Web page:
This weekend was weird that way.
That way where I had planned the trip to New York months in advance on account of my genius brother’s law school graduation ceremony coming up but at the last minute having the intention of the visit shifted on account of my grandmother passing away the day before I was scheduled to travel.
The way that the day I had reserved for shopping in Manhattan had been re-purposed for a funeral service in Westchester County.
I spent half the day before fretting and emotionally preparing to back out.
Can you even do that? Back out of funeral?.
I stepped into Saint Mary’s.
I lit 3 candles.
One for Grandma Rose, one for Grandpa Fred and one for Leif.
I asked God if that would suffice and waited for a sign.
A man paced back and forth behind me, jingling the change in his pocket.
The message was clear.
My grandmother would never put up with that kind of cop-out anyway. She probably wouldn’t even approve of the candle gesture.
If memory serves correctly she swore off God when she was 43, the day that her doctor told her that (oops) she wasn’t pre-menopausal as he had suspected, but pregnant with twins.
It wasn’t just the funeral part I found daunting –after all, who doesn’t love a funeral – but the family gathering together part. This part of my family.
I don’t have the words to articulately express the feeling I have when I’m with them but the visual comes to mind of an organism (that is my family) with a linty bit of baby-dust-bunny (that is me) stuck to but half dangling from it.
They pull up in Lincolns, Mercedes and Land Rovers.
I pull up on a commuter train.
They’re classy, coiffed and manicured.
I’m disheveled and awkward.
They own multiple houses, marble floors, 6 car garages, boats, chalets and “outdoor living spaces” bigger than my apartment.
I have to set aside 3 hours of each day to boil water for our baths, on account of an outstanding gas bill leaving us without running hot water.
They call me creative. Artistic.
We arrive at the funeral home and I shuffle about, comment on photos and feign interest the upholstery and the drapes. I introduce myself to some people who I have apparently already met in childhood and others who look at me quizzically.
“Who do you belong to?”
My father introduces me to a retired doctor, who he later informs me once posed for Playgirl magazine. I tried to delete the imagery instantly but called upon it as quickly to help stifle tears later in the service.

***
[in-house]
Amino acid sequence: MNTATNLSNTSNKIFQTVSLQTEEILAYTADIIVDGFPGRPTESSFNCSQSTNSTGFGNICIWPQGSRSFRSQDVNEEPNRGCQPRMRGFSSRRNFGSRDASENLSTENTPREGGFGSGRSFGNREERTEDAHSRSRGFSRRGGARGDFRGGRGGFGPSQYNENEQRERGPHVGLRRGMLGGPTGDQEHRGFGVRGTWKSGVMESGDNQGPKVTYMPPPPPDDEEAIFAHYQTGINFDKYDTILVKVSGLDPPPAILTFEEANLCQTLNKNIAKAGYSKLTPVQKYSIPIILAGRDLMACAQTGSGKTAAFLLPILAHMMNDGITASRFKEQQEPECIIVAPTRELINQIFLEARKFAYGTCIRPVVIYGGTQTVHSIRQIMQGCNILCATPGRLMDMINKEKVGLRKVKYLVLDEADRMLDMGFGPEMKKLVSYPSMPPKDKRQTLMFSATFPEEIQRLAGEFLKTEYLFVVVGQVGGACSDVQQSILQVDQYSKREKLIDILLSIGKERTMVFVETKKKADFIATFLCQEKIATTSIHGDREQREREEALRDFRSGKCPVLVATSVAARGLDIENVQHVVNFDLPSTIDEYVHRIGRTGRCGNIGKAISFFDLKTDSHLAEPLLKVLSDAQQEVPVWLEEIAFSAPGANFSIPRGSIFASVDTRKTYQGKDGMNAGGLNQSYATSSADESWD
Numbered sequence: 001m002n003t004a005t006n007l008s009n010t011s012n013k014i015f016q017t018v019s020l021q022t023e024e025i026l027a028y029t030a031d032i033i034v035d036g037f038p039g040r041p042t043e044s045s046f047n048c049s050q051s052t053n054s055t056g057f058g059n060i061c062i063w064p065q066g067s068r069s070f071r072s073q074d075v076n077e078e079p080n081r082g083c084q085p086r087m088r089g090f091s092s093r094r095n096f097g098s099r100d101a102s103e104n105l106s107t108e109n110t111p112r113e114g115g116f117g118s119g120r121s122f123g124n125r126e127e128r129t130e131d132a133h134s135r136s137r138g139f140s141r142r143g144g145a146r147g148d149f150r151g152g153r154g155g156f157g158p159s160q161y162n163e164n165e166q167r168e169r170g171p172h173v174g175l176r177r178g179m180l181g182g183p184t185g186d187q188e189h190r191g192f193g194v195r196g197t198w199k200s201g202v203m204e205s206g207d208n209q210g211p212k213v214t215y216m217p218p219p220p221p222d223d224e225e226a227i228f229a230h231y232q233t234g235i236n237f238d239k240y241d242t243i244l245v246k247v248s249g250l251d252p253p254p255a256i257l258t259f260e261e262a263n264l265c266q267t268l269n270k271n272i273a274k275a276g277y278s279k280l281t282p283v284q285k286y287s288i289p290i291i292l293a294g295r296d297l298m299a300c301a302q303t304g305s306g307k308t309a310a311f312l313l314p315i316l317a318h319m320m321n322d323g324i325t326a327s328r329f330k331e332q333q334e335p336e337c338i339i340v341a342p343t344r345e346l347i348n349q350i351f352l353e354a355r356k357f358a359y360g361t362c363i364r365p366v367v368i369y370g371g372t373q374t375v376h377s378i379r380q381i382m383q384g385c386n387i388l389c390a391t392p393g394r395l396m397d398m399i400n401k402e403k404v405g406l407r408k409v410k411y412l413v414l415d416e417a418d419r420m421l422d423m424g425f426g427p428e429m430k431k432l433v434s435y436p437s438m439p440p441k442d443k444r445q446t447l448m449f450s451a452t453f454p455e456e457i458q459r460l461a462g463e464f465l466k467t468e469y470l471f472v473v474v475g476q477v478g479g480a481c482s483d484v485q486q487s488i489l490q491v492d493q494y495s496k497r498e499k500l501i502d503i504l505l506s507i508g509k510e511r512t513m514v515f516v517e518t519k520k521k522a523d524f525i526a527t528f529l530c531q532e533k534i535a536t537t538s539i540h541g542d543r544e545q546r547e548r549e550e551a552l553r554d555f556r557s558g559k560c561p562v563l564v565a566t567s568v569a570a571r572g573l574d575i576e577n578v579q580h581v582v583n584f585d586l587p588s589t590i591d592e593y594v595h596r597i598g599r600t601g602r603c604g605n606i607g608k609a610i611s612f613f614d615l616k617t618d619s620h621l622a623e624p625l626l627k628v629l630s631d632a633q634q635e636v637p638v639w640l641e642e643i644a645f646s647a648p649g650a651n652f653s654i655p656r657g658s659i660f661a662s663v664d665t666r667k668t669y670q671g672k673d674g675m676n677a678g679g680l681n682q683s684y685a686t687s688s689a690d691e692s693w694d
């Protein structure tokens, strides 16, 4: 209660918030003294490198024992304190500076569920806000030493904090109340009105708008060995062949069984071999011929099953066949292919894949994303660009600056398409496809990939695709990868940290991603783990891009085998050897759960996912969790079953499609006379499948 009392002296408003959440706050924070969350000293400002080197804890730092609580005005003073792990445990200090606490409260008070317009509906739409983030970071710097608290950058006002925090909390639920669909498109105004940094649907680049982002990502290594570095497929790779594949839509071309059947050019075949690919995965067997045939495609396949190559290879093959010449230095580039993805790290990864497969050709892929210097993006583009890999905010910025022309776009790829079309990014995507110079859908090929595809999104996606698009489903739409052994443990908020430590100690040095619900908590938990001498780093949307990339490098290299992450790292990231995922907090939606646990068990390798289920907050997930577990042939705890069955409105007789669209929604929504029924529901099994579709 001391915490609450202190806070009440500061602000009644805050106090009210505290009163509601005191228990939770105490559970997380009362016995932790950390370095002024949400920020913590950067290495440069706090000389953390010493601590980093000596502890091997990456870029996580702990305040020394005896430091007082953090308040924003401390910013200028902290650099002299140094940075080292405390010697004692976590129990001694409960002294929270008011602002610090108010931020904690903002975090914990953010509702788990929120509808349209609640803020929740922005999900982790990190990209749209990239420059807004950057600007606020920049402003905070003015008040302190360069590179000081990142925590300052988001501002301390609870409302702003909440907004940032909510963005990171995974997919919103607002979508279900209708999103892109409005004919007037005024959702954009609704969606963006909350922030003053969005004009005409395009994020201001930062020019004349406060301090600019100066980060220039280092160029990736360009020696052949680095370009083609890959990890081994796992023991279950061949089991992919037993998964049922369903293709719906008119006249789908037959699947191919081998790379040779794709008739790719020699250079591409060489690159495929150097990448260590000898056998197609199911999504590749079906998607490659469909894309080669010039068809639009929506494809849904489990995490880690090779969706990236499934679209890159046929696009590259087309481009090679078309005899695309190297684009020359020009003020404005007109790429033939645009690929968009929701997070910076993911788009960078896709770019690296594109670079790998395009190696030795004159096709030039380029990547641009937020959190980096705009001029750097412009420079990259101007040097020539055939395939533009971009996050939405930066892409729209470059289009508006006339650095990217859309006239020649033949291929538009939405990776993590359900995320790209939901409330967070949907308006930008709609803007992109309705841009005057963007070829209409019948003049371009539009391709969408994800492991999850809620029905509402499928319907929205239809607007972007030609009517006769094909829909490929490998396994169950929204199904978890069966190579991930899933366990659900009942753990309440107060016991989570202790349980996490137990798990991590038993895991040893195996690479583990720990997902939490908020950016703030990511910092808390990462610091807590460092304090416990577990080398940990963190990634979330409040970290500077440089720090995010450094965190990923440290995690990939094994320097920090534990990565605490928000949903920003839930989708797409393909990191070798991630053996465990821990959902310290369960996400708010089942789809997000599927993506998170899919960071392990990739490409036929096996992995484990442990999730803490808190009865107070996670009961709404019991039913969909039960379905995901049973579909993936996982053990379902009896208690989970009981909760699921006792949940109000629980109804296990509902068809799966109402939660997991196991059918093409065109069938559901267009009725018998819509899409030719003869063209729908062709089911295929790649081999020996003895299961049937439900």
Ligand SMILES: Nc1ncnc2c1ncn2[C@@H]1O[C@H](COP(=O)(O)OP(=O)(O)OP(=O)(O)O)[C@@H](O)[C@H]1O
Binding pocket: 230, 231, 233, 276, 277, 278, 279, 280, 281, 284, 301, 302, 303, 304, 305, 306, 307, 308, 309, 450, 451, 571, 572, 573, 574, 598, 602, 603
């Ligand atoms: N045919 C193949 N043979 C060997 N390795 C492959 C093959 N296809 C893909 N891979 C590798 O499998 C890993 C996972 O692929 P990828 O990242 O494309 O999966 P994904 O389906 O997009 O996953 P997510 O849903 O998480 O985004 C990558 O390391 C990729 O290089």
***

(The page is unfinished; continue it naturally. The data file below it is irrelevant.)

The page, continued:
I sit in the second row. Entirely empty with the exception of my father’s wife who insists on sitting next to me even when encouraged to move up front with the rest of the immediate family. I’m silently grateful.
My father speaks fondly of his mother in between prayers and psalms
I get uncomfortable every time the minister says “she beat us to the grave” like sports commentary gone morbid.
We file out to our cars and wait for the hearse to load.
The cars weave down the winding roads in single file like a rollercoaster in slow motion.
We pass the house where my grandfather sits watching television and I feel like somebody just punched me in the stomach. Grandma is the only one he consistently remembers but when he asks where she is he is told she has gone shopping and he’s okay with that. Every time he asks.
We arrive at the burial site and I’m plagued with guilt every step I take for walking on people.
I try not to read the tombstones.
Once everyone is somewhat assembled Gary abruptly bursts into the first verse of Amazing Grace at the top of his lungs, over the casket.
You need a visual for this.
Rodney Dangerfield and My Cousin Vinny engage in a an evening of heated passion leading to conception of a baby who is a retired lounge singer at birth.
That baby. Is Gary.
The minister speaks.
My aunt’s husband reads the sentiments of somebody too distraught to speak for herself.
It was clearly just an oversight by the author who simply had no idea that I existed; but the letter reads that Grandma was especially proud of her husband, her children and her 2 grandchildren, Cousin One and Cousin Two.
I am neither cousin one nor cousin two.
Linty bit of baby-dust-bunny.
As I said. Clearly an oversight. But I still felt like I was in a Woody Allen movie.
The service was concluded and the family migrated to an Italian restaurant.
Calamari, eggplant parmesan, salmon, martini chicken and vodka penne.
Platters of cheesecake, mousse, pies, pastries and flan.
Most of which untouched packaged up and sent home.
I bump into Cousin One coming out of the washroom.
“Hey. Do you know who I am?” I ask.
“I’m your cousin.”
He looks exasperated.
“How many cousins do I have?”
It’s tough being 10 years old. Every time you turn around there’s more stuff you have to learn and remember. It’s exhausting.
“There’s only two of us here kid”
“This cousin is from Canada” interrupts my uncle.
Cousin One’s eyes light up.
“Do you know Justin Beiber?”
I almost lied.
When I return to the table Gary is interrogating Cousin One about his experience as an infant in a Russian orphanage and berating him for not remembering the language. He follows that up with a verse (Frank Sinatra style) of All Of Me and redeems himself by teaching the kid a few token swear words.
People shake hands and hug and kiss good bye.
“Do come visit…”
“Have you been to our country house yet?”
Cousin One begs his mother to let him go for a play date at “Uncle Gary’s” house.
Gary tries to talk my father’s sexy cousin Kathy into a play date of their own and we all call it a day.
The train ride back to Manhattan was peaceful and thought provoking and upon reflection I was thankful to the guy with the jingly change.
I was thankful to have been there.
I had a touching conversation with my uncle and met a few fantastic people. some of whom I am related to and others that I wish I was.
I was content to have gone and found my own little moment of closure.
And after all, who doesn’t love a funeral?